MindMapping will help him:

  • Focus on concepts without being distracted with details.
  • Get around any writing deficiencies since the elements are all graphical.
  • Peak his interest because drawing is always a challenge – it never gets dull.
  • It’s easy to start with simple lines and arrows.
  • It’s progressive, meaning he’ll improve quickly as he masters the steps.
  • Because the information is visually stored, retention and recall should be greatly improved.
  • Since the process is FAST, that will deal with the short attention span associated with ADD.

PreMed Student Work-School Balance Tip

Pre Med Student Tance asks some great questions about how to get better grades while holding down a job.

Hello Dr. Dussault,
As a matter a fact I have read your book twice already. It is truly insightful and I am truly glad I purchased it. The only dilemma I have and I hope you can help me with this – I am currently in college, in premed, and I work a full time schedule and the only shift I can work is the midnight shift. There are many nights I feel exhausted and sometimes can’t concentrate on my studies. I need the job to support me and my wife.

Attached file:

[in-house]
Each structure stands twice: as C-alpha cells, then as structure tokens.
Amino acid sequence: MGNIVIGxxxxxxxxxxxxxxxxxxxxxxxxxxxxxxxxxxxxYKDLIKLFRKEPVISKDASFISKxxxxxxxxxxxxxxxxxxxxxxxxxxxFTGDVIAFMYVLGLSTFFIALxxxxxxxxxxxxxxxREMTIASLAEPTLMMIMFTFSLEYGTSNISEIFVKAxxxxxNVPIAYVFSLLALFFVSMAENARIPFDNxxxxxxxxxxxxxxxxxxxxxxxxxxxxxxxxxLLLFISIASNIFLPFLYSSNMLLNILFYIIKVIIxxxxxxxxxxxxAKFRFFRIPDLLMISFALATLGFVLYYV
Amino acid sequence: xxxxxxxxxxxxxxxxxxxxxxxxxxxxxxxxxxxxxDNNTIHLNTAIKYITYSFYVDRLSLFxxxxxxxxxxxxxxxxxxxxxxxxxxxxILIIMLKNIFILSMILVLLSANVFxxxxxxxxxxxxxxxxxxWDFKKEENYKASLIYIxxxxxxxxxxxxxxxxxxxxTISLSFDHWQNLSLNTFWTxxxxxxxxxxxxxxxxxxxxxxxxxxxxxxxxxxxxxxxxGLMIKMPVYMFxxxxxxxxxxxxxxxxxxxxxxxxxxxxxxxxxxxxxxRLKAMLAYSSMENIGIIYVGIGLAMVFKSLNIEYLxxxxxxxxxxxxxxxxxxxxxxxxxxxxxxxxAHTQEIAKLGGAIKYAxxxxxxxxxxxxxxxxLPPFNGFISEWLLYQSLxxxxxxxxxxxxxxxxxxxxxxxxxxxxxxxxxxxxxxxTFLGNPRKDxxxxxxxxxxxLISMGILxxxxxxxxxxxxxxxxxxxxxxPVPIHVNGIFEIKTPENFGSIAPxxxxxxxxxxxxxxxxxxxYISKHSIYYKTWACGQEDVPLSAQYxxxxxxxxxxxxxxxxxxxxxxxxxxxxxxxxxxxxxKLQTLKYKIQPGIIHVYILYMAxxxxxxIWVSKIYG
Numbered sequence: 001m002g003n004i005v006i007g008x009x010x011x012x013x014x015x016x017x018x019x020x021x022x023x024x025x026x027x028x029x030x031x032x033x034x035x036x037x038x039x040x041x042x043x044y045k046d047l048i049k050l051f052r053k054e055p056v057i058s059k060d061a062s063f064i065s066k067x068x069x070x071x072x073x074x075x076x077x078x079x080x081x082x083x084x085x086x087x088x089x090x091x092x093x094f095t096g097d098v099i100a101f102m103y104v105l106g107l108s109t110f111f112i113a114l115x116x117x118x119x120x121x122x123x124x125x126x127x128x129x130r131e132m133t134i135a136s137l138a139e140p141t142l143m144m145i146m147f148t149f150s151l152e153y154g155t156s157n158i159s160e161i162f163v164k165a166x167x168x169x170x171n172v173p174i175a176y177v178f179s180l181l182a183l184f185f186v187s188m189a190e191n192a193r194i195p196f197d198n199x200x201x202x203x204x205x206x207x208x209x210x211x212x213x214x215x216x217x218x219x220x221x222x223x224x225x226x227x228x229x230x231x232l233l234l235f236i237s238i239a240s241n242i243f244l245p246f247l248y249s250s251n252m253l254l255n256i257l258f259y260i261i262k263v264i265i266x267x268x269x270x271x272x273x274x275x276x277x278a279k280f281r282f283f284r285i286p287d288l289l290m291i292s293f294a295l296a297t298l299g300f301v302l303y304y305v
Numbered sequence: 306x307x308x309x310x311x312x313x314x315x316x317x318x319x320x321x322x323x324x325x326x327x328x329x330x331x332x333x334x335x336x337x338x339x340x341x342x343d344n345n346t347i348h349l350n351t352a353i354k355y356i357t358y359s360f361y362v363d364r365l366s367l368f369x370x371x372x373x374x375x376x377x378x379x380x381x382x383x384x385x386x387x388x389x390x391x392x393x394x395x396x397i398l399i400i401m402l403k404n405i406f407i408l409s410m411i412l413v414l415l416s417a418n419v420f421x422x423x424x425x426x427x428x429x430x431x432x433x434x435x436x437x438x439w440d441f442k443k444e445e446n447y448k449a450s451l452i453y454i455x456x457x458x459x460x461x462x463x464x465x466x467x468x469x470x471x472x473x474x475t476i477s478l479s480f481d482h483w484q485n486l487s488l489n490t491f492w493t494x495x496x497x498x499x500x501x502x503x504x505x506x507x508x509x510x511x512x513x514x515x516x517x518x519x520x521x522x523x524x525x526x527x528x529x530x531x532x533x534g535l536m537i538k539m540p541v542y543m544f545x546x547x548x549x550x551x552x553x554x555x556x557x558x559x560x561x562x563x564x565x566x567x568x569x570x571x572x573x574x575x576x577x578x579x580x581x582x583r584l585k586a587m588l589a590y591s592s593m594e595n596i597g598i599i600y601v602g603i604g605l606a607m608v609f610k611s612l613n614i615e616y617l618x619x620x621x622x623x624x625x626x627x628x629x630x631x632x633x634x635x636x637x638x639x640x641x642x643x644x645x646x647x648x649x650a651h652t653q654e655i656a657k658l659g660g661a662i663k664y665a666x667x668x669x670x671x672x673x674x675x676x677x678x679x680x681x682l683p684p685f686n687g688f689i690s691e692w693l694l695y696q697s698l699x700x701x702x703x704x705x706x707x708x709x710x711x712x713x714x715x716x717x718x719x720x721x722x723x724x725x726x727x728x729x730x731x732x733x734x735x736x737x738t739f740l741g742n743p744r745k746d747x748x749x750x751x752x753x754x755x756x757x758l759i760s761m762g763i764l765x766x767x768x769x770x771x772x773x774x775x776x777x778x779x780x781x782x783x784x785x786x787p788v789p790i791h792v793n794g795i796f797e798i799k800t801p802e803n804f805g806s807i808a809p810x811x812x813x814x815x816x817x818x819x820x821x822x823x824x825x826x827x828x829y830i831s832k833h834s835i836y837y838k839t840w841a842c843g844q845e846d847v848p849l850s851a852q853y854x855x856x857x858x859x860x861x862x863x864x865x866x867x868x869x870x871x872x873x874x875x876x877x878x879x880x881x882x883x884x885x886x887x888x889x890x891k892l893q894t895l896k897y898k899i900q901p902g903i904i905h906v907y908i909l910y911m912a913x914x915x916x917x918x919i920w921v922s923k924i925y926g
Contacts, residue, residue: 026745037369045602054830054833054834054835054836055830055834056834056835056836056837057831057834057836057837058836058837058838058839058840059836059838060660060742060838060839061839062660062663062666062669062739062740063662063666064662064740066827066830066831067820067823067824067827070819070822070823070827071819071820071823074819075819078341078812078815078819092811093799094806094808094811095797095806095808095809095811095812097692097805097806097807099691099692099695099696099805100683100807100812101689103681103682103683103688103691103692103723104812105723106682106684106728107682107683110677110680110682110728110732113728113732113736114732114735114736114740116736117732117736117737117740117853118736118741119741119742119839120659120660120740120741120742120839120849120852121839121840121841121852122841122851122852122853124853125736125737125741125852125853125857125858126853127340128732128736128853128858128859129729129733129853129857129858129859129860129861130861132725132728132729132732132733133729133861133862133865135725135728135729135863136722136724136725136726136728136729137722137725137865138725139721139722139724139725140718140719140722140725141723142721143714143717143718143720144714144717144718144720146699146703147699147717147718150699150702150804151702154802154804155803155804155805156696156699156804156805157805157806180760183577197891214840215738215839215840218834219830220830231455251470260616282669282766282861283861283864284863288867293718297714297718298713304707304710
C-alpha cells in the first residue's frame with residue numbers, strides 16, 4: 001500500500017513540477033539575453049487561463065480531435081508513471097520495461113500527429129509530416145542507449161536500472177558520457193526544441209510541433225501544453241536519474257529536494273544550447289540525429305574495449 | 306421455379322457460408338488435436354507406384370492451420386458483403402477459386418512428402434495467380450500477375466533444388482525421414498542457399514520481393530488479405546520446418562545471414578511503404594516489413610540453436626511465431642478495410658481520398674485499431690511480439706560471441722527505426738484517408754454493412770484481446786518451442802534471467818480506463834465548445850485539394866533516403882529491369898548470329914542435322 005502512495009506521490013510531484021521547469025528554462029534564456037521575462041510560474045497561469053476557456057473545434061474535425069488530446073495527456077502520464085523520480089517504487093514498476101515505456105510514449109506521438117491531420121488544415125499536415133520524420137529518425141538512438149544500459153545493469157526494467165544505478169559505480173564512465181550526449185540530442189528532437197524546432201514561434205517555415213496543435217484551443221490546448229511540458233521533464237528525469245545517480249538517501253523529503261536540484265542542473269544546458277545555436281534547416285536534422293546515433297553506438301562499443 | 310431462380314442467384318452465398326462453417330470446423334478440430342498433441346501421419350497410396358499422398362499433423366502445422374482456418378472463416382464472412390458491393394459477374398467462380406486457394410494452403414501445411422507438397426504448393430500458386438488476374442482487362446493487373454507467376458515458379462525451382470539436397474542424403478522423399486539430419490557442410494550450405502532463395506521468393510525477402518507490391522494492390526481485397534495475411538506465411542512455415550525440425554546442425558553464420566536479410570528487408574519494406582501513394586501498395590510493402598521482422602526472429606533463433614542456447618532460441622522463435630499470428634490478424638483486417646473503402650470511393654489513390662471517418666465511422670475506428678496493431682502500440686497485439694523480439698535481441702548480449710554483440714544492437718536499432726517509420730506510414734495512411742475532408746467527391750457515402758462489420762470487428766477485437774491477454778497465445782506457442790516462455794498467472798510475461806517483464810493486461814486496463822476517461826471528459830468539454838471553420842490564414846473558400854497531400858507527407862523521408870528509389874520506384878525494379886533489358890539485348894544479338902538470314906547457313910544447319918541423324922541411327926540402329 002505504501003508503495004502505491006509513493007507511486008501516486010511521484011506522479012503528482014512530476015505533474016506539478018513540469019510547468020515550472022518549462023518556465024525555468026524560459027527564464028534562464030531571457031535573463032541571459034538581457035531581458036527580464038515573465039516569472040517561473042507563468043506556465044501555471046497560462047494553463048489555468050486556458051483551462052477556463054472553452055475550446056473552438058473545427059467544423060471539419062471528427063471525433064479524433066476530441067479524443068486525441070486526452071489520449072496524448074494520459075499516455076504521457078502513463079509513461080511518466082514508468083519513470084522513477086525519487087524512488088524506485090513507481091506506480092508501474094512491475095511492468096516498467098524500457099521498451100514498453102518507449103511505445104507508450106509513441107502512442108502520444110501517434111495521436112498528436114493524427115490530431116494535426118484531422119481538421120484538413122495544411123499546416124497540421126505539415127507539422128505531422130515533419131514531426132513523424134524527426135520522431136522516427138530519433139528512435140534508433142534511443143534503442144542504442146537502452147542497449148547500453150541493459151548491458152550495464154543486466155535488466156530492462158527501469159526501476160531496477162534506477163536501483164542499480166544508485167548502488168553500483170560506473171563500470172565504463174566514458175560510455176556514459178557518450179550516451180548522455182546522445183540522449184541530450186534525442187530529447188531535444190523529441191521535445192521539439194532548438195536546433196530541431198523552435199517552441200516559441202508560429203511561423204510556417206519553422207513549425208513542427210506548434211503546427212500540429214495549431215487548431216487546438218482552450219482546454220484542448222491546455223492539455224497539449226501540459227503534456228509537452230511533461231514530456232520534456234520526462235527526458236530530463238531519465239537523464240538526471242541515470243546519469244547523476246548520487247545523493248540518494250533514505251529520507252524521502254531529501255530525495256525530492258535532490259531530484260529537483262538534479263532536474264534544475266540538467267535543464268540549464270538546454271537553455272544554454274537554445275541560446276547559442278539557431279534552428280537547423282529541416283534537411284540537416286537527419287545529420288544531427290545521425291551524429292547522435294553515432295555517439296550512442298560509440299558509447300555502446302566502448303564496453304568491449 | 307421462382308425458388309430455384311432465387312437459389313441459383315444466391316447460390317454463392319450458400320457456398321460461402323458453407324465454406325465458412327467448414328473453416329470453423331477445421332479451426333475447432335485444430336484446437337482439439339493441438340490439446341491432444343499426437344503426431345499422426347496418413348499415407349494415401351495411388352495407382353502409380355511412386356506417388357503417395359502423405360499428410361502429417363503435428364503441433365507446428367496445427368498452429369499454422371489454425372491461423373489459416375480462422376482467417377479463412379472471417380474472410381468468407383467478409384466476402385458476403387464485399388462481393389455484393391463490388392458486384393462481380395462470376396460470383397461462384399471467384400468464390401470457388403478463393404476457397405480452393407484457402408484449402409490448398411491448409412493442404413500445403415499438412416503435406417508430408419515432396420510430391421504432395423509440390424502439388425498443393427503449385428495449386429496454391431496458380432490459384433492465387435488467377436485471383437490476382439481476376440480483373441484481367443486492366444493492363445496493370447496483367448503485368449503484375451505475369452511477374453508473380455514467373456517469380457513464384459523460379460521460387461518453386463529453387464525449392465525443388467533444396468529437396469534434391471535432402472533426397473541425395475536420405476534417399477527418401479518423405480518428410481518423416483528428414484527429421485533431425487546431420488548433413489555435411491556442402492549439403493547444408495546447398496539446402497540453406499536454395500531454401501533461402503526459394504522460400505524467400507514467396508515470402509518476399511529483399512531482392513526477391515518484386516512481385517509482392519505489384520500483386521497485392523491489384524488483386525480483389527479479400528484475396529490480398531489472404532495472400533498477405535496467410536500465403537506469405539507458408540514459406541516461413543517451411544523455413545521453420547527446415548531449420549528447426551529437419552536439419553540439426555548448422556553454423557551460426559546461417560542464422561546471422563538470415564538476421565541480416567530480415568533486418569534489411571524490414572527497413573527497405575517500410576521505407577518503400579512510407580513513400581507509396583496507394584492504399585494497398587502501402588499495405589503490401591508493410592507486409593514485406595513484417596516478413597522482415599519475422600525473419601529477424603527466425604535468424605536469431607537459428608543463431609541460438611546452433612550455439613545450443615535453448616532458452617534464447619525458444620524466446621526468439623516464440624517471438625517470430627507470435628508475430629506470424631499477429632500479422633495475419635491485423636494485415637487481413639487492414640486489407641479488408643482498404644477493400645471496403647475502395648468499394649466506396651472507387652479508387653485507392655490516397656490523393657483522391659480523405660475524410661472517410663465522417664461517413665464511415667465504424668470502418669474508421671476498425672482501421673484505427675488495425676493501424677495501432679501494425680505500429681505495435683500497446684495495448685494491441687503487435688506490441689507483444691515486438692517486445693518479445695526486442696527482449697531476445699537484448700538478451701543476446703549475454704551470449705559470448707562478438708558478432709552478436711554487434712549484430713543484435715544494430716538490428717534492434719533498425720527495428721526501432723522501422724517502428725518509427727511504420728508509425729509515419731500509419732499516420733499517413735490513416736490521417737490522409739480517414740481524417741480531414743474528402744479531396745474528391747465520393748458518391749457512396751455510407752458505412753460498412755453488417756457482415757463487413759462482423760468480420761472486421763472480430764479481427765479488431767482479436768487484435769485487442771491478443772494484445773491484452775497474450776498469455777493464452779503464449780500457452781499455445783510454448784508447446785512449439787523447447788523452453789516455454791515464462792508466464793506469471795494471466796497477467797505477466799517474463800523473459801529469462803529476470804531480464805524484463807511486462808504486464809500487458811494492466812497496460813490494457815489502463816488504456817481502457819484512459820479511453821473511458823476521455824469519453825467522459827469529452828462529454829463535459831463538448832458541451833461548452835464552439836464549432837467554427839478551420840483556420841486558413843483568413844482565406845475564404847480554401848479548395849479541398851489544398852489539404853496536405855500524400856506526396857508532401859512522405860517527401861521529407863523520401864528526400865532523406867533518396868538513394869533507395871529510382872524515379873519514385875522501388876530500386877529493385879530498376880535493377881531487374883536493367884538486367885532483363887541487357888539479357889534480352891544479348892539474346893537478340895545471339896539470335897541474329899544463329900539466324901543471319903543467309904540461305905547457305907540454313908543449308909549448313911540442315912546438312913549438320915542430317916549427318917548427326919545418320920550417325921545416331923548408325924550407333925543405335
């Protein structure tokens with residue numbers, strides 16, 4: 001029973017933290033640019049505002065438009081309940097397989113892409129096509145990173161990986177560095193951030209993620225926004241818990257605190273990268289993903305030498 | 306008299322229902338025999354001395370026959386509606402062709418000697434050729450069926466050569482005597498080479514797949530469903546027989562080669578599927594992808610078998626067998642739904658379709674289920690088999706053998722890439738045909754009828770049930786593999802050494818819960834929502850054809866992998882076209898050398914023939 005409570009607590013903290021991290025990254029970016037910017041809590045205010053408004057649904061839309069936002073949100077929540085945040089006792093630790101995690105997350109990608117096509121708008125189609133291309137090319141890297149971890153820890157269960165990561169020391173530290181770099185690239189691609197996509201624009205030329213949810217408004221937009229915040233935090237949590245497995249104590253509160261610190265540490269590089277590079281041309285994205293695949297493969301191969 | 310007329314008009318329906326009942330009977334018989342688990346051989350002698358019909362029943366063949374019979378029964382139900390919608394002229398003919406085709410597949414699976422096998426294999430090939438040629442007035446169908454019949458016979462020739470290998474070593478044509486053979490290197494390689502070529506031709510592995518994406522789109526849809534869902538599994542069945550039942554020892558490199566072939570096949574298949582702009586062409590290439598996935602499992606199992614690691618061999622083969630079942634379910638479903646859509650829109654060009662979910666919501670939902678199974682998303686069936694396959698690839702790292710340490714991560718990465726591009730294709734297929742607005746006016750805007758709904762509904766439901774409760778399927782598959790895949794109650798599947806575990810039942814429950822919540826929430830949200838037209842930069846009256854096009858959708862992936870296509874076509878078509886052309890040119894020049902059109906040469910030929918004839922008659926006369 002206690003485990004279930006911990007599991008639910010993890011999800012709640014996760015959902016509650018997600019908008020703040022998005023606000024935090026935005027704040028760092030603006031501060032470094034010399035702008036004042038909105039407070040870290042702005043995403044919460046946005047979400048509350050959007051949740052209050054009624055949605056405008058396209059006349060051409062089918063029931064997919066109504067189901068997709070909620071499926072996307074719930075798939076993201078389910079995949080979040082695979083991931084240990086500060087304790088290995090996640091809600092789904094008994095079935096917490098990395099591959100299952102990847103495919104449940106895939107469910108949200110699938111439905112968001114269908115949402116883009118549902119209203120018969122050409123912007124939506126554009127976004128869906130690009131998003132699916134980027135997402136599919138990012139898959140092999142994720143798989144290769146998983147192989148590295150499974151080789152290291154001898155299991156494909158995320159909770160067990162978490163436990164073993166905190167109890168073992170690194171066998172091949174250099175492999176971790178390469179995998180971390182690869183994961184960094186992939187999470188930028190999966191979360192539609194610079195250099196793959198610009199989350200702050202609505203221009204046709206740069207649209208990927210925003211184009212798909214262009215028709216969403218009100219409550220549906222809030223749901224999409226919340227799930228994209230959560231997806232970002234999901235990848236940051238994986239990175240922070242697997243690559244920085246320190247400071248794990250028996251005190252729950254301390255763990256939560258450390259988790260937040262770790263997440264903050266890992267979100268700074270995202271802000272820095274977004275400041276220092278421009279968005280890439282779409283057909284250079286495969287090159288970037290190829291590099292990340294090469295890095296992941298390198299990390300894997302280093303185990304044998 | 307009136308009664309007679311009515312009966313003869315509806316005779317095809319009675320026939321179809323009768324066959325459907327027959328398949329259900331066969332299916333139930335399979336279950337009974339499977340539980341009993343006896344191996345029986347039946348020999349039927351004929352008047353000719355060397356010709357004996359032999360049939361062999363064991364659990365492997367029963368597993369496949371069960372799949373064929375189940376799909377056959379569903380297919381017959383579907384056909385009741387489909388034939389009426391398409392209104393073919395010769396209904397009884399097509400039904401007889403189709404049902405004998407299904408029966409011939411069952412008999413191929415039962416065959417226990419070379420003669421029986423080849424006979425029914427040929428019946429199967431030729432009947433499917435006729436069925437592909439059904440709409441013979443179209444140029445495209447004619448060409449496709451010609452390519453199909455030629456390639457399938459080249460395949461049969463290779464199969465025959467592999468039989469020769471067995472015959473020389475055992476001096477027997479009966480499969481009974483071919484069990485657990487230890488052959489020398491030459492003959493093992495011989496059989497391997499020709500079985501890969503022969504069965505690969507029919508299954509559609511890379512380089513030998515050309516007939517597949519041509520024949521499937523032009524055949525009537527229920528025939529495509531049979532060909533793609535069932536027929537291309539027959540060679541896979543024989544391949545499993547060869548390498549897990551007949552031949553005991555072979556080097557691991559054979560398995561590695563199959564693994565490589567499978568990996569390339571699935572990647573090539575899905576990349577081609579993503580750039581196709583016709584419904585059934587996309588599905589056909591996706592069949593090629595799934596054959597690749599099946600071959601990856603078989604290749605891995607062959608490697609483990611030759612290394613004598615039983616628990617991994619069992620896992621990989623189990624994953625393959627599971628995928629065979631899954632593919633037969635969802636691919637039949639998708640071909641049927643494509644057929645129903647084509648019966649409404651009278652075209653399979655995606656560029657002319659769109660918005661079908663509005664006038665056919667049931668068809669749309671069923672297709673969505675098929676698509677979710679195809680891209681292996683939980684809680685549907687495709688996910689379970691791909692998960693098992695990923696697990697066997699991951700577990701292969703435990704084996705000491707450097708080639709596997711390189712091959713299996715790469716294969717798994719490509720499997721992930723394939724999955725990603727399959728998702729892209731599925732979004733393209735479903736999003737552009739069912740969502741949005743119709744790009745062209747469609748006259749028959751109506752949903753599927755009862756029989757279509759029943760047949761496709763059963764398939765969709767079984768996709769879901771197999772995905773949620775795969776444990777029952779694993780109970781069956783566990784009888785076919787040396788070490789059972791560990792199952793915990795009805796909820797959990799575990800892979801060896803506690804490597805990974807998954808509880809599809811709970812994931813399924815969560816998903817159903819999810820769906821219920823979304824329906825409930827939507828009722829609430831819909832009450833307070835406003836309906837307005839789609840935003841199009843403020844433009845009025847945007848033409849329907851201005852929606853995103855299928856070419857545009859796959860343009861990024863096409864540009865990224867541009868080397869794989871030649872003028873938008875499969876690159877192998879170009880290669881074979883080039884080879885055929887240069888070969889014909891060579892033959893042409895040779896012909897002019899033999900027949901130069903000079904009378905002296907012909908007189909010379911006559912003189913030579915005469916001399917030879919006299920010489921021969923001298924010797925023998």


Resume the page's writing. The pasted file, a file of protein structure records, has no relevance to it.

The only good part is my job gives me quite a bit of money to pay for school. But do you have any suggestions as far as how I can study better with this schedule?

Thank you so much.

This is a common issue students grapple with, combining work and study. In my study book, I explain in chapter 4 a 5-step system to get everything done effortlessly. So the first suggestion is go back to that chapter and re-read the suggestions. Once that’s done, I think your challenge has more to do with stamina and endurance than time management. Continue reading ‘PreMed Student Work-School Balance Tip’